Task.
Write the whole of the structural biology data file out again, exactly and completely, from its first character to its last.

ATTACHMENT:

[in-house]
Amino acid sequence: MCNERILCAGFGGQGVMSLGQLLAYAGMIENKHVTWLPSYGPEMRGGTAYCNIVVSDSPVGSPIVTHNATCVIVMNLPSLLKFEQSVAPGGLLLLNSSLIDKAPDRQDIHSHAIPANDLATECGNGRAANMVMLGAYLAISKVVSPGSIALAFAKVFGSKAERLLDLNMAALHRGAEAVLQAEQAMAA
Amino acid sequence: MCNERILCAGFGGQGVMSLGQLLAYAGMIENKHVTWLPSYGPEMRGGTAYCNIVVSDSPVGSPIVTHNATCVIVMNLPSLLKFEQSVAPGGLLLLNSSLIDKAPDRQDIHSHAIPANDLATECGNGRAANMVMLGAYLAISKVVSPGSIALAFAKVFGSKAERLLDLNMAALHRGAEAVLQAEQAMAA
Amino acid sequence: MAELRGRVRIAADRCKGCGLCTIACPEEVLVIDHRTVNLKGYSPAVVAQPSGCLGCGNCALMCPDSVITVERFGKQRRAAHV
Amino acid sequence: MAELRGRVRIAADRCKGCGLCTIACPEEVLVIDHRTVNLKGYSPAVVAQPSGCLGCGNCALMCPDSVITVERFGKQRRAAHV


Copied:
[in-house]
Amino acid sequence: MCNERILCAGFGGQGVMSLGQLLAYAGMIENKHVTWLPSYGPEMRGGTAYCNIVVSDSPVGSPIVTHNATCVIVMNLPSLLKFEQSVAPGGLLLLNSSLIDKAPDRQDIHSHAIPANDLATECGNGRAANMVMLGAYLAISKVVSPGSIALAFAKVFGSKAERLLDLNMAALHRGAEAVLQAEQAMAA
Amino acid sequence: MCNERILCAGFGGQGVMSLGQLLAYAGMIENKHVTWLPSYGPEMRGGTAYCNIVVSDSPVGSPIVTHNATCVIVMNLPSLLKFEQSVAPGGLLLLNSSLIDKAPDRQDIHSHAIPANDLATECGNGRAANMVMLGAYLAISKVVSPGSIALAFAKVFGSKAERLLDLNMAALHRGAEAVLQAEQAMAA
Amino acid sequence: MAELRGRVRIAADRCKGCGLCTIACPEEVLVIDHRTVNLKGYSPAVVAQPSGCLGCGNCALMCPDSVITVERFGKQRRAAHV
Amino acid sequence: MAELRGRVRIAADRCKGCGLCTIACPEEVLVIDHRTVNLKGYSPAVVAQPSGCLGCGNCALMCPDSVITVERFGKQRRAAHV